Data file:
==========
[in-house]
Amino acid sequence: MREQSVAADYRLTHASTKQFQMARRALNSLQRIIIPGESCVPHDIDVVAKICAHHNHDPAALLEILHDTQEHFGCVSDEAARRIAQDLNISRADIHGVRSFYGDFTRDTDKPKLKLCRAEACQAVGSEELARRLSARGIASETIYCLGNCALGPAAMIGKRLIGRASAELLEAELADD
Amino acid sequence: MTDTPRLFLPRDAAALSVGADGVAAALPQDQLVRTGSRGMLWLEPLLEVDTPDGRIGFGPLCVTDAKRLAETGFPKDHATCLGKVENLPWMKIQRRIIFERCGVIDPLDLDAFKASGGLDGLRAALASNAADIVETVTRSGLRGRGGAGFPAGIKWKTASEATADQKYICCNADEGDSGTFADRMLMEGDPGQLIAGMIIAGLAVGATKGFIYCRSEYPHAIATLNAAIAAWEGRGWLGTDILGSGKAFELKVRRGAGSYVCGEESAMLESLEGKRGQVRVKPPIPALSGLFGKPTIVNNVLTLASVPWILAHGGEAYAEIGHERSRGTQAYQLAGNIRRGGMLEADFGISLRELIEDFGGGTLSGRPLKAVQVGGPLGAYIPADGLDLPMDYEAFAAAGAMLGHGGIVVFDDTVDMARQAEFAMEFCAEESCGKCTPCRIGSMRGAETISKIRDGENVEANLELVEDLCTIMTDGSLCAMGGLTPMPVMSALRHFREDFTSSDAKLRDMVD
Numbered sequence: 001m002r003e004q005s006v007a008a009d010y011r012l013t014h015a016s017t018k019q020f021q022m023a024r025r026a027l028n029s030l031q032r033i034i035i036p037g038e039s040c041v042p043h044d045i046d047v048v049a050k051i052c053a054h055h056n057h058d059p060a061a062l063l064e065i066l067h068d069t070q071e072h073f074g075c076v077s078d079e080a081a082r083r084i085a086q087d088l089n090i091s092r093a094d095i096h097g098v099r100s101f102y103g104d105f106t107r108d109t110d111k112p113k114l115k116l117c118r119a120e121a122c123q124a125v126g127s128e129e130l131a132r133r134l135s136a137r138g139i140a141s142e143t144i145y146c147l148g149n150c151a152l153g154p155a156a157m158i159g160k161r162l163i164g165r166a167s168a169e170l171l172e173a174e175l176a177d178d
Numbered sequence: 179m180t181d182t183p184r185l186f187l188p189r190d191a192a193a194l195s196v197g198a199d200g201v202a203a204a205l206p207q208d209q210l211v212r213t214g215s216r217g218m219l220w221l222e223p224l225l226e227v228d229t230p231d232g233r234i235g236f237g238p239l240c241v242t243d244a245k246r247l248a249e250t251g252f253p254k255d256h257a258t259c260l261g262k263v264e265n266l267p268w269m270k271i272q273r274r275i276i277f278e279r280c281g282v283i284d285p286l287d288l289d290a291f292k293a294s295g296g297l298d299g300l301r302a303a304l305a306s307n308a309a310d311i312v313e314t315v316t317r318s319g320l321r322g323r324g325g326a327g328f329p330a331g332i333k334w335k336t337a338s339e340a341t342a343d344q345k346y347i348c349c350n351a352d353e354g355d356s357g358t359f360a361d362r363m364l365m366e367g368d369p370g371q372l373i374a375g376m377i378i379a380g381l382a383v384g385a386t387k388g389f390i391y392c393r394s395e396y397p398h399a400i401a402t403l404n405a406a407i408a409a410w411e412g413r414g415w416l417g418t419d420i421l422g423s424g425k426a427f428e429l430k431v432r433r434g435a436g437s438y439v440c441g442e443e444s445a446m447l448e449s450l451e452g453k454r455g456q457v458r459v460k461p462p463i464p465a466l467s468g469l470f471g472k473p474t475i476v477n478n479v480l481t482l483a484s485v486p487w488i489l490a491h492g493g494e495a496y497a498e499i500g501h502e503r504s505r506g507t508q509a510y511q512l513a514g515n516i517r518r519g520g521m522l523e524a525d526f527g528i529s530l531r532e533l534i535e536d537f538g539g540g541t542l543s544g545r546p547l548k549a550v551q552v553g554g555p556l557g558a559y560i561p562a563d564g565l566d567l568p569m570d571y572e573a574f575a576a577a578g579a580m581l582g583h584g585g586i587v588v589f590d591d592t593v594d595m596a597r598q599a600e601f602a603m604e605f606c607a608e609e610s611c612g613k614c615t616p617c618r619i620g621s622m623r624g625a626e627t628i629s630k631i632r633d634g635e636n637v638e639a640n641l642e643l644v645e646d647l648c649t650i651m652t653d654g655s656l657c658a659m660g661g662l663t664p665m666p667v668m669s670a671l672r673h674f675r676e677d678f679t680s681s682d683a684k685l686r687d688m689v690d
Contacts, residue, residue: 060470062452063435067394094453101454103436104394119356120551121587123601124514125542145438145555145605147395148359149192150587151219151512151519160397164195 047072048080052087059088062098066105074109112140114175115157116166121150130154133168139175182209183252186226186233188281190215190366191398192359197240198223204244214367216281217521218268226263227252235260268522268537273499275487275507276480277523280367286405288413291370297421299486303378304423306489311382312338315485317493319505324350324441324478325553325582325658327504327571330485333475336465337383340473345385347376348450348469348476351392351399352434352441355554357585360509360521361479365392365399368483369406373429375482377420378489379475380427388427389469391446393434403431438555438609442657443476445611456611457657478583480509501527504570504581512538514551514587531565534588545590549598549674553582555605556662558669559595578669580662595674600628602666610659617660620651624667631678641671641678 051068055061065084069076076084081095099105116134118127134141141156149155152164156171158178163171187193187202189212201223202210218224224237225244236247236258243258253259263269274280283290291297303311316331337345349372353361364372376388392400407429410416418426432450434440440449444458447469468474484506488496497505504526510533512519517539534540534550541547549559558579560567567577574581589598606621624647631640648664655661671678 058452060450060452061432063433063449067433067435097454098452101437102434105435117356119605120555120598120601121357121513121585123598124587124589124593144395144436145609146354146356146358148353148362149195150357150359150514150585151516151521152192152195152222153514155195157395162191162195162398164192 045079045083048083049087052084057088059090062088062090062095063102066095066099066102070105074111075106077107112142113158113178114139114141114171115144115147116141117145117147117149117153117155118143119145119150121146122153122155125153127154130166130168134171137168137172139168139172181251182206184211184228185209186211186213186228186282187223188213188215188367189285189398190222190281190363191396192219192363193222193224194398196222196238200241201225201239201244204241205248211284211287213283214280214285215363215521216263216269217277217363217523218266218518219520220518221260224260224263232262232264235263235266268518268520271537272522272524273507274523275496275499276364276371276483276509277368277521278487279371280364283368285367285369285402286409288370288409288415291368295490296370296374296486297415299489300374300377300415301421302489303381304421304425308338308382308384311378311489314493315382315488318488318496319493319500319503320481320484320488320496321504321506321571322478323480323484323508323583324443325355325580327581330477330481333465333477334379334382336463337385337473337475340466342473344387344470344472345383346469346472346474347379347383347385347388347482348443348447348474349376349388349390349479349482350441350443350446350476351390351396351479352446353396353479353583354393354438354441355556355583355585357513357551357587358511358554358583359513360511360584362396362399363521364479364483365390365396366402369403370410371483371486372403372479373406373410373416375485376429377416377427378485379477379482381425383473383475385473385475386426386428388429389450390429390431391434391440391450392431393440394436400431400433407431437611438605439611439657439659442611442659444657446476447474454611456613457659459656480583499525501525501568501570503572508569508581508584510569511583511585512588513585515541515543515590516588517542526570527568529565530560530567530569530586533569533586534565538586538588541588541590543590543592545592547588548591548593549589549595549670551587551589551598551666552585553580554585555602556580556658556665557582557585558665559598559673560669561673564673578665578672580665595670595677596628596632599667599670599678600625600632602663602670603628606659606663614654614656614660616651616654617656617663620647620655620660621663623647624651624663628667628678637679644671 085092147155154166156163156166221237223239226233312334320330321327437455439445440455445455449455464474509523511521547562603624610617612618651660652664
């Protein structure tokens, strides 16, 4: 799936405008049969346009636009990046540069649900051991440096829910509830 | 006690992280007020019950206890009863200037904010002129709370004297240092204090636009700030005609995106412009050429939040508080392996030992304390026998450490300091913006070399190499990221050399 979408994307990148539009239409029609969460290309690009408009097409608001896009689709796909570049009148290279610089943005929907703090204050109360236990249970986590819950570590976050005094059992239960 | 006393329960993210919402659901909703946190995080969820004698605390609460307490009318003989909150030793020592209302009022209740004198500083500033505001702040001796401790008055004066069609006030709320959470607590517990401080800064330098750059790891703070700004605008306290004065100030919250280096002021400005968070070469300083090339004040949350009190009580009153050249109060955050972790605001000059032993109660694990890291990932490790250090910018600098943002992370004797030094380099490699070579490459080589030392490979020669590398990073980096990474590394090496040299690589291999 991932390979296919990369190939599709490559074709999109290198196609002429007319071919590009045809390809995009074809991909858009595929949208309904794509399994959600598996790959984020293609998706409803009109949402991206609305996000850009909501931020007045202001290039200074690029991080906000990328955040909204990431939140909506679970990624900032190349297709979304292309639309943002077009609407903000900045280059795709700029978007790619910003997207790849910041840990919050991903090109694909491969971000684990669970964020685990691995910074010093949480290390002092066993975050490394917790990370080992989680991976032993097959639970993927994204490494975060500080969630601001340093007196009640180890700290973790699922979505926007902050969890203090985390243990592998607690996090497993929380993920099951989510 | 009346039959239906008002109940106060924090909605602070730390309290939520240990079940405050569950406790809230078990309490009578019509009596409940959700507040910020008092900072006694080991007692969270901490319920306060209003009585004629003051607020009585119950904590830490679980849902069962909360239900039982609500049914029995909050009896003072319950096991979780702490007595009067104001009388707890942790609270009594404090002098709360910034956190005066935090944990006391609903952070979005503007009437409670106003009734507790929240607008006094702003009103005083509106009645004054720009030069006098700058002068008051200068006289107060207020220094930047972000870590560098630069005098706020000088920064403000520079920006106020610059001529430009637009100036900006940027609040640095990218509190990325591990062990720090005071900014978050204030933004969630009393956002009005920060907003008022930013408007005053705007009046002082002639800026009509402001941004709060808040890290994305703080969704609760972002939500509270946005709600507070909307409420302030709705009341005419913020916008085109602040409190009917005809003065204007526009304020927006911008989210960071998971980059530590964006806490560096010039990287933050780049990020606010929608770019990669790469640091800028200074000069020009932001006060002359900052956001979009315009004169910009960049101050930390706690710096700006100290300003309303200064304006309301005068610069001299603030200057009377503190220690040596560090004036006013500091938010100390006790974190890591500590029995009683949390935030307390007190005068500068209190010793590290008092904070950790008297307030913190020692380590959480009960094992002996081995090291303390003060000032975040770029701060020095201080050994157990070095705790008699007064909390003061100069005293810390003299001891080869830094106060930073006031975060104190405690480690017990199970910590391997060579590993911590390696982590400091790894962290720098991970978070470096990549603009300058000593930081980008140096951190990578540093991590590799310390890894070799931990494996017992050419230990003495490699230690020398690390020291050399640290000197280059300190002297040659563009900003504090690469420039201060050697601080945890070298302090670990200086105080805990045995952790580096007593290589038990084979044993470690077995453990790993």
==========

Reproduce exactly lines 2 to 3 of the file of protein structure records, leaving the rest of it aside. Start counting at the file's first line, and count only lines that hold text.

Amino acid sequence: MREQSVAADYRLTHASTKQFQMARRALNSLQRIIIPGESCVPHDIDVVAKICAHHNHDPAALLEILHDTQEHFGCVSDEAARRIAQDLNISRADIHGVRSFYGDFTRDTDKPKLKLCRAEACQAVGSEELARRLSARGIASETIYCLGNCALGPAAMIGKRLIGRASAELLEAELADD
Amino acid sequence: MTDTPRLFLPRDAAALSVGADGVAAALPQDQLVRTGSRGMLWLEPLLEVDTPDGRIGFGPLCVTDAKRLAETGFPKDHATCLGKVENLPWMKIQRRIIFERCGVIDPLDLDAFKASGGLDGLRAALASNAADIVETVTRSGLRGRGGAGFPAGIKWKTASEATADQKYICCNADEGDSGTFADRMLMEGDPGQLIAGMIIAGLAVGATKGFIYCRSEYPHAIATLNAAIAAWEGRGWLGTDILGSGKAFELKVRRGAGSYVCGEESAMLESLEGKRGQVRVKPPIPALSGLFGKPTIVNNVLTLASVPWILAHGGEAYAEIGHERSRGTQAYQLAGNIRRGGMLEADFGISLRELIEDFGGGTLSGRPLKAVQVGGPLGAYIPADGLDLPMDYEAFAAAGAMLGHGGIVVFDDTVDMARQAEFAMEFCAEESCGKCTPCRIGSMRGAETISKIRDGENVEANLELVEDLCTIMTDGSLCAMGGLTPMPVMSALRHFREDFTSSDAKLRDMVD